John Reed: The Making of a Revolutionary

By Granville Hicks; John Stuart | Go to book overview
Save to active project

XIX
DISCIPLINE

REED'S resignation from the Liberator, his work as contributing editor of the Revolutionary Age, and his close identification with the leaders of the left wing were natural stages in the transition from the task of giving information about Bolshevism in Russia to the task of organizing Bolshevism in America. It was an easy transition because Russia was the touchstone that divided the right from the left in the Socialist Party. In the winter of 1918-19, Bolshevism was the great topic of debate, not so much between Socialists and one-hundred-percent Americans as between Socialists and Socialists.

Joseph Shaplen was one of the few right-wing Socialists who had been in Russia during the revolution, and the Revolutionary Age invited him to debate with Reed. He refused, on the ground that the Revolutionary Age was fighting the Socialist Party; he would, he said, debate under the auspices of a Socialist local. It made little difference to Reed who sponsored the meeting, and on March 6, in the Manhattan Lyceum, the debate took place. Shaplen, of course, argued that the Bolshevik regime was undemocratic. Reed replied, "The Bolsheviki believe in democracy of the working class, and no democracy for anybody else," and proceeded to show the sensitiveness of the soviets to the will of the workers and peasants. He cited Marx's views on the dictatorship of the proletariat, which Shaplen and other right-wing Socialists had contrived to forget, and offered statistics on the productivity of industry under working-class control.

In the heat of the debate Reed forgot the rules of parliamentary procedure and used the last five minutes of his rebuttal to

-342-

Notes for this page

Add a new note
If you are trying to select text to create highlights or citations, remember that you must now click or tap on the first word, and then click or tap on the last word.
Loading One moment ...
Project items
Notes
Cite this page

Cited page

Style
Citations are available only to our active members.
Sign up now to cite pages or passages in MLA, APA and Chicago citation styles.

Cited page

Bookmark this page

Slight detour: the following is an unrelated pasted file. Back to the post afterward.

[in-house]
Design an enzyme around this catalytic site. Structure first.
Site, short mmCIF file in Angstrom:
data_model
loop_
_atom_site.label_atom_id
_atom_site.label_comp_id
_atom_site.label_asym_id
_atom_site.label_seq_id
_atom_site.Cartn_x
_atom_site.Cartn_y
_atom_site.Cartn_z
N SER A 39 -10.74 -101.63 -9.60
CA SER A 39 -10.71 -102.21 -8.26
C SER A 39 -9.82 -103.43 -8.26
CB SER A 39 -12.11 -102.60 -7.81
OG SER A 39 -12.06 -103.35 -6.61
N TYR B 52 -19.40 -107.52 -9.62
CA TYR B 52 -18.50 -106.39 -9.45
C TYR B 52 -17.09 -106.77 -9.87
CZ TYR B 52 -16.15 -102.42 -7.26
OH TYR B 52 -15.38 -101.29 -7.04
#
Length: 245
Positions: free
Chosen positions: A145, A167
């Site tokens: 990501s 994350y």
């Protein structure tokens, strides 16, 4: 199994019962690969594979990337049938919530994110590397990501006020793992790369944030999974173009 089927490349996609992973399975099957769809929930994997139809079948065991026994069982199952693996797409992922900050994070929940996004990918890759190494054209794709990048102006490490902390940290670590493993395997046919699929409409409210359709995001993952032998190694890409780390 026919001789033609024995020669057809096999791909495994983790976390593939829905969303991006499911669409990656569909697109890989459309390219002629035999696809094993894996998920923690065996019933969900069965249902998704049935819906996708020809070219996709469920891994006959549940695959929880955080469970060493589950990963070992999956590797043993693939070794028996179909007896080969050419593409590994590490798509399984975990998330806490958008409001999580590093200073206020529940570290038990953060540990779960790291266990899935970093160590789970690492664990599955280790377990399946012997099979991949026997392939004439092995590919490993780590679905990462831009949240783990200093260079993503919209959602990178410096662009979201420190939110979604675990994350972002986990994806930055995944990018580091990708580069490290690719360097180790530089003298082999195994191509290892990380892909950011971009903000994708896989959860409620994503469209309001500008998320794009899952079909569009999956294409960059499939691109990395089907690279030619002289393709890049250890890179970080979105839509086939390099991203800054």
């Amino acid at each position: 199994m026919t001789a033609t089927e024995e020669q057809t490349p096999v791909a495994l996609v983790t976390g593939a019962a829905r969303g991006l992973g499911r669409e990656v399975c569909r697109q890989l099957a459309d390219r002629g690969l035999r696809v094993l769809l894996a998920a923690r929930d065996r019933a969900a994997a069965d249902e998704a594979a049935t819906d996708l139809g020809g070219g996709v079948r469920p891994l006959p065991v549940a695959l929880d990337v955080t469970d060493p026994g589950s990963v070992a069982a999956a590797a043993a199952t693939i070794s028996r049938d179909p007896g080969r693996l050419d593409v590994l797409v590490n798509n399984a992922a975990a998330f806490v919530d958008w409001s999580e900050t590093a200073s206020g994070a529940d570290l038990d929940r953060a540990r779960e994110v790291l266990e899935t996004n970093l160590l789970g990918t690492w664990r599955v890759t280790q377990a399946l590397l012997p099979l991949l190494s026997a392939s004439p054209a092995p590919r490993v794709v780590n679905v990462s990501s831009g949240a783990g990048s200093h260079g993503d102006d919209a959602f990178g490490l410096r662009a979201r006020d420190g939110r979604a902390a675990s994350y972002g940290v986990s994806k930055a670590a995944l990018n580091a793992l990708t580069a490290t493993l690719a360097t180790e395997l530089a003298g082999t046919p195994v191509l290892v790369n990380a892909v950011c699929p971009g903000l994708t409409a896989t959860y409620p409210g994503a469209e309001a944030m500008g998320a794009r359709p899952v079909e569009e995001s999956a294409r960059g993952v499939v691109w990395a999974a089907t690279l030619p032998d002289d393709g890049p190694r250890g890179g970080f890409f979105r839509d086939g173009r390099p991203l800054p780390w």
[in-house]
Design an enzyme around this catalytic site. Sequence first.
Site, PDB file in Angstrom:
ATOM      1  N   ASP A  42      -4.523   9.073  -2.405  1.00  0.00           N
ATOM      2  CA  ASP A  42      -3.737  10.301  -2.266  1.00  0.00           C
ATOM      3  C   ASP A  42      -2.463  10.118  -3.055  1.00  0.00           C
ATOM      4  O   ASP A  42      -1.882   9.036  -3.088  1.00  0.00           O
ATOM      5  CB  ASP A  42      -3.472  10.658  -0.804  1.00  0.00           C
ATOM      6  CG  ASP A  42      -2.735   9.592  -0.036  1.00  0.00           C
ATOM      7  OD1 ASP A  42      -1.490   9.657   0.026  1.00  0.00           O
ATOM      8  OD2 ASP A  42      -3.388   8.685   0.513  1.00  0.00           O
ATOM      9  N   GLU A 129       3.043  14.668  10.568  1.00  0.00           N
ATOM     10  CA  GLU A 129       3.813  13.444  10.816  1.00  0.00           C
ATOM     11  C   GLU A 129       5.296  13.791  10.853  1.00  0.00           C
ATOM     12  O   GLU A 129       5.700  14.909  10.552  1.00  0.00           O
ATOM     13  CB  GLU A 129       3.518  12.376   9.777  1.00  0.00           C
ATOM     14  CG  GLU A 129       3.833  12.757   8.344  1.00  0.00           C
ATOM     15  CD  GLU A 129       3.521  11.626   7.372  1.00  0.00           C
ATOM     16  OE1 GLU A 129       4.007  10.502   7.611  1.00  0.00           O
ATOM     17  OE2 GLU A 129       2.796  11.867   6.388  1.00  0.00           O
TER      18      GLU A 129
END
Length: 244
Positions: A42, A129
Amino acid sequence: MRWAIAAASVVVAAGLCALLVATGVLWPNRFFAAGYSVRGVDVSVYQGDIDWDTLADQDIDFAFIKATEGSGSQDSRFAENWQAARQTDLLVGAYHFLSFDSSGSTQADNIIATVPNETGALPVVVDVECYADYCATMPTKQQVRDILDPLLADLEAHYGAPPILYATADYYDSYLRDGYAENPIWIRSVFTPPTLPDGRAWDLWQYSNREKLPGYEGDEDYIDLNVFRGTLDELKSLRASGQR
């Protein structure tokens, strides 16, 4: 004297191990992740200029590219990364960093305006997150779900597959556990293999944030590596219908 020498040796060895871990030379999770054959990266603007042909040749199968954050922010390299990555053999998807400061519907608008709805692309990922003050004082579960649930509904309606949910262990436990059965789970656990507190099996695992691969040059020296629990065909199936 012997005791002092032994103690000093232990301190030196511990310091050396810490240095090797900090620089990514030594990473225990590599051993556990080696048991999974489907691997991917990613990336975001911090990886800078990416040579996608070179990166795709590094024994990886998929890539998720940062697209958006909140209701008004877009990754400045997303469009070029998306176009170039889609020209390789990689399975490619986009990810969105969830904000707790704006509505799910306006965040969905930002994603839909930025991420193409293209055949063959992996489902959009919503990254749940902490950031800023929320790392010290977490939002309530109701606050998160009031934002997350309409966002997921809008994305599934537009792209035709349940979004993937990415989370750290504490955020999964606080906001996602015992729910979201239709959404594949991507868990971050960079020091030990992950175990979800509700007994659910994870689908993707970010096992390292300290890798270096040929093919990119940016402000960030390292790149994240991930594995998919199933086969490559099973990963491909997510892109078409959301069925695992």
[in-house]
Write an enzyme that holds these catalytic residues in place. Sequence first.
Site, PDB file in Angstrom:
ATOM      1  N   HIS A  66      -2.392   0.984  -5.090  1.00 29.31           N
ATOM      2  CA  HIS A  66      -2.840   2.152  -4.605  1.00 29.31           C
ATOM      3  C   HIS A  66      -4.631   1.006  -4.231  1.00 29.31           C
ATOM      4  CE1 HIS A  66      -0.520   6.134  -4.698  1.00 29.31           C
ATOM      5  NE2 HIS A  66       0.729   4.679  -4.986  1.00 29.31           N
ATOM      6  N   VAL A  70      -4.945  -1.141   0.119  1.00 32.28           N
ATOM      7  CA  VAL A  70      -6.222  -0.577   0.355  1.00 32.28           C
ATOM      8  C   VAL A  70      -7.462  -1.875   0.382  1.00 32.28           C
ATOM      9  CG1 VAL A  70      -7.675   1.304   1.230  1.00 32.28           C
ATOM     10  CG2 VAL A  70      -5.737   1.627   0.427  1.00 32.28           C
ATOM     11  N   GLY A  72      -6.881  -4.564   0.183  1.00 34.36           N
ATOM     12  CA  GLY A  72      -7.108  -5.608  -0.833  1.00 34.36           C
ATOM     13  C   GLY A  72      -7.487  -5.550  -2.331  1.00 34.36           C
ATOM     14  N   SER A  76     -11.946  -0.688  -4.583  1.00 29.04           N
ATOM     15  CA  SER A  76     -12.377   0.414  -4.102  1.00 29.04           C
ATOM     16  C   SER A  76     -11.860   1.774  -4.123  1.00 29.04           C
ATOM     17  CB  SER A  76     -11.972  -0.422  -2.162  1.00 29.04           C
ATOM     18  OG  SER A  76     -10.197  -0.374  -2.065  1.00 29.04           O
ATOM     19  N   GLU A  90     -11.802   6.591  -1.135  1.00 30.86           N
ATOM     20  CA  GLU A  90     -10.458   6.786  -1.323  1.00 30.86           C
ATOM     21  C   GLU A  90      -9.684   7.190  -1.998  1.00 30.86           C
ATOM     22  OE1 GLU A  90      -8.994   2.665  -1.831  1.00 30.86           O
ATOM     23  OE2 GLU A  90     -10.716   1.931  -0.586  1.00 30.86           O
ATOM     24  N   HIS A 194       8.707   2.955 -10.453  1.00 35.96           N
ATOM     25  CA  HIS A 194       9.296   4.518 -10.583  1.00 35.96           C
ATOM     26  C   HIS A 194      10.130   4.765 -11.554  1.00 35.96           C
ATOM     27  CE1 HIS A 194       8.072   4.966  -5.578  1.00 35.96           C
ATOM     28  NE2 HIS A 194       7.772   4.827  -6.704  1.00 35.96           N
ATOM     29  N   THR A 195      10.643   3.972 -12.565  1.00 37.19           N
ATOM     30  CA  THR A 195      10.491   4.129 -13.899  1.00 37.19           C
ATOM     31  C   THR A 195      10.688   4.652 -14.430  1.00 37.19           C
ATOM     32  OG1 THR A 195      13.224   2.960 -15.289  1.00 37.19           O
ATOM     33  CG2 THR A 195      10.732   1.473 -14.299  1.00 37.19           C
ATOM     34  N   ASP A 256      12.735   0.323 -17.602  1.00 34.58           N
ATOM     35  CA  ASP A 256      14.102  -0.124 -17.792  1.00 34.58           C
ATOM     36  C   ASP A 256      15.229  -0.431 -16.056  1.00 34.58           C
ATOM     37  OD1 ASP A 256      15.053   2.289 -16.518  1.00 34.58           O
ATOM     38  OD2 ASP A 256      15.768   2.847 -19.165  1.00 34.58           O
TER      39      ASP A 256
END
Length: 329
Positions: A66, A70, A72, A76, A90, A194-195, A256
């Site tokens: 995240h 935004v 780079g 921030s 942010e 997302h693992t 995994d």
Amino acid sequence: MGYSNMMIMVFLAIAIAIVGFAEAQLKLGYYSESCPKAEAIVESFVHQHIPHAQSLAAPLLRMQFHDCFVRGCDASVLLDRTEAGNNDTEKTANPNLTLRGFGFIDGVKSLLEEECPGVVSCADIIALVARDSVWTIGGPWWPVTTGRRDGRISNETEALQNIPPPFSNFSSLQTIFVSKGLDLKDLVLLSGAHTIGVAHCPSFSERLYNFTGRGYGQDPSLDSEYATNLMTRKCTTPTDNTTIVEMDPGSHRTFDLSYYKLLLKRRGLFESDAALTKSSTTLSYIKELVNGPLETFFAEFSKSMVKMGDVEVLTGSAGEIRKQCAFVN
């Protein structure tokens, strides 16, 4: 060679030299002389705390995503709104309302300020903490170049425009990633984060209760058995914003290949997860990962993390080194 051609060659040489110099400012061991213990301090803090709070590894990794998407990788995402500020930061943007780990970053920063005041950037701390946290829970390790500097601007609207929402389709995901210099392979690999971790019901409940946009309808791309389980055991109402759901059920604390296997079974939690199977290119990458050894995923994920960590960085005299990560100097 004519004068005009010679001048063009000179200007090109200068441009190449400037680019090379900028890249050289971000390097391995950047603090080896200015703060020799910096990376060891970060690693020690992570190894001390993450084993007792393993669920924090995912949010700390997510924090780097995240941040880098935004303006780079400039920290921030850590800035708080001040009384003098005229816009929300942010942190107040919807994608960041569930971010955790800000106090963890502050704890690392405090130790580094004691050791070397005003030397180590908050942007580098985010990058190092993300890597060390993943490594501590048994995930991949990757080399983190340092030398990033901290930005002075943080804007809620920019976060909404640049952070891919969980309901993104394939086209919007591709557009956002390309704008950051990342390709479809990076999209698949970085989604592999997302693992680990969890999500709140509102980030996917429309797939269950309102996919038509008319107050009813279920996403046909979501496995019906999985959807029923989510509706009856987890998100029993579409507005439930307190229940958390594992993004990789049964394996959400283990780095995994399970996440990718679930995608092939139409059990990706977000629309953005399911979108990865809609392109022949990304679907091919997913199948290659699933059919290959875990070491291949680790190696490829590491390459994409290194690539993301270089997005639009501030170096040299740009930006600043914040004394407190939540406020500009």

John Reed: The Making of a Revolutionary
Settings

Settings

Typeface
Text size Smaller Larger
Search within

Search within this book

Look up

Look up a word

  • Dictionary
  • Thesaurus
Please submit a word or phrase above.
Print this page

Print this page

Why can't I print more than one page at a time?

While we understand printed pages are helpful to our users, this limitation is necessary to help protect our publishers' copyrighted material and prevent its unlawful distribution. We are sorry for any inconvenience.
Full screen
/ 448

matching results for page

Cited passage

Style
Citations are available only to our active members.
Sign up now to cite pages or passages in MLA, APA and Chicago citation styles.

Cited passage

Welcome to the new Questia Reader

The Questia Reader has been updated to provide you with an even better online reading experience.  It is now 100% Responsive, which means you can read our books and articles on any sized device you wish.  All of your favorite tools like notes, highlights, and citations are still here, but the way you select text has been updated to be easier to use, especially on touchscreen devices.  Here's how:

1. Click or tap the first word you want to select.
2. Click or tap the last word you want to select.

OK, got it!

Thanks for trying Questia!

Please continue trying out our research tools, but please note, full functionality is available only to our active members.

Your work will be lost once you leave this Web page.

For full access in an ad-free environment, sign up now for a FREE, 1-day trial.

Already a member? Log in now.

Are you sure you want to delete this highlight?